A draft management plan lays out proposed rules for the Northeast Canyons and Seamounts Marine National Monument, on the eve of Friday’s deadline for commercial lobster and crab fishing in the nearly 5,000-square mile block south of Georges Bank.

The draft plan caps years of struggle over the future of the region, long sought by ocean conservation and environmental groups as a marine preserve. Established by former president Barack Obama under the federal Antiquities Act, the monument encompasses an area of the Atlantic nearly the size of Connecticut, ranging south from the Oceanographer, Gilbert, and Lydonia canyons at the edge of the shelf 130 miles off Cape Cod to the Bear, Mytilus, Physalia, and Retriever seamounts, remnants of ancient volcanoes.

Monument advocates said the Obama proclamation was needed to protect threatened and endangered marine mammals in the waters, and complex habitat on bottom slopes including deep corals. 

The Obama administration moved to phase out trap fishing for lobster and crab, over protests and court challenges from fishermen’s groups. In July 2020, then-president Donald Trump announced who was rescinding the planned final ban. 

Within days of taking office in January 2021, President Joe Biden’s administration moved to restore all the planned restrictions, at the urging of conservation and environmental groups. Commercial fishing advocates asked the new administration to reconsider, to no avail.

“A commercial fishing ban serves no conservation benefit,” James Budi of the American Sword and Tuna Harvesters longliners’ group said then. Officials of the National Oceanic and Atmospheric Administration had acknowledged that “pelagic longline gear used to catch swordfish has no impact on habitat,” said Budi. “Fishing impact on the monument below us is like a bird flying over the Grand Canyon.”

The end to lobster and crab gear is final as of Friday. The U.S. Fish and Wildlife Service draft plan outlines a host of other management measures, and other restrictions on commercial fishing activities.

Commercial fishing vessels transiting the monument waters must do so with all gear stowed “without interruption,” the document notes, “and any recreational fishing, educational trips, research or photography, and fishing activities that involve commercial fishing are prohibited.”

For recreational fishing in the monument – now conducted mostly on pelagic tunas and swordfish – NOAA and USFWS “do not propose to require any permits beyond hose currently required by NOAA Fisheries in order to recreationally fish in the Monument.”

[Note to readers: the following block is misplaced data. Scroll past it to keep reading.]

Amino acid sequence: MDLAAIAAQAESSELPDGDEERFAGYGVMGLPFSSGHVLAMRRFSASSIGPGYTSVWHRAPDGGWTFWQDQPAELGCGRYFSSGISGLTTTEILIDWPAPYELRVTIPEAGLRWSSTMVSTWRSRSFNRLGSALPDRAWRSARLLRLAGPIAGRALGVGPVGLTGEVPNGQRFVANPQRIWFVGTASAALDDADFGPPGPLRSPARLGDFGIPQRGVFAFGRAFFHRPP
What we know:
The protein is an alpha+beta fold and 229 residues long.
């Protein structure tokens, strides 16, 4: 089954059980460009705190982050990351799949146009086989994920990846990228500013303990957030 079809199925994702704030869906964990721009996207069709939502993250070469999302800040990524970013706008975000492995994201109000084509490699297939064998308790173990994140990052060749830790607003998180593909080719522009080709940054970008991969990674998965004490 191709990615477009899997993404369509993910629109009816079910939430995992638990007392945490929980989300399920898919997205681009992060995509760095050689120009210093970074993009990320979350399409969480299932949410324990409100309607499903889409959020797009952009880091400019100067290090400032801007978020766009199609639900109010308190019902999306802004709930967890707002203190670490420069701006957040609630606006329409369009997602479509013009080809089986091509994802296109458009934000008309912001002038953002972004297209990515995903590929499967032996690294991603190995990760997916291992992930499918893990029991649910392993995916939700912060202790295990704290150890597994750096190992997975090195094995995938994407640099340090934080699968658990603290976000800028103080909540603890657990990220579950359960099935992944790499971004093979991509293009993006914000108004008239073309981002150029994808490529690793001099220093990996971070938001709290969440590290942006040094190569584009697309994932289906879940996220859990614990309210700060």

The plan document notes how public commentary on the plan has included calls for banning recreational fishing if commercial harvests are not allowed. But the Biden monument proclamation specifically ended commercial fishing there, it says.

The proposed plan includes agency management roles and responsibilities, and lays out the goals, objectives and management activities needed over the next 15 years to provide proper care for the Monument’s unique ecosystem and natural resources, with a focus on research, education and community engagement,” according to a summary issued Sept 12 by NOAA. “The draft plan also includes an environmental assessment to evaluate the potential impacts of implementing the proposed management actions.”

“President Biden’s reaffirmation of the need to develop a management plan for the Northeast Canyons and Seamounts Marine National Monument further solidifies his commitment to protecting our most vital waters and the marine life that thrives in it,” said Janet Coit, NOAA’s assistant administrator for fisheries.

Later this year NOAA Fisheries will start rulemaking to incorporate the Monument boundaries and commercial fishing prohibition into the Magnuson-Stevens Fishery Conservation and Management Act regulations

The draft management plan, environmental assessment and planning updates can be found on the Monument management planning website. The public can submit written comments on the priorities and objectives described in the Monument’s proposed management plan and environmental assessment through Oct. 26, 2023 via the Federal eRulemaking Portal or by mail to: Northeast Canyons and Seamounts Marine National Monument, USFWS, 300 Westgate Center Drive, Hadley, MA 01035.

Following the 45-day public comment period, the U.S. Fish and Wildlife Service and NOAA will consider comments and determine if a revision to the draft plan is necessary. The management plan and environmental assessment is expected to be finalized in early 2024.


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Associate Editor Kirk Moore was a reporter for the Asbury Park Press for more than 30 years and a 25-year field editor for National Fisherman before joining our Commercial Marine editorial staff in 2015. He wrote several award-winning stories on marine, environmental, coastal and military issues that helped drive federal and state government policy changes. Moore was awarded the Online News Association 2011 Knight Award for Public Service for the “Barnegat Bay Under Stress,” 2010 series that led to the New Jersey state government’s restoration plan. He lives in West Creek, N.J.

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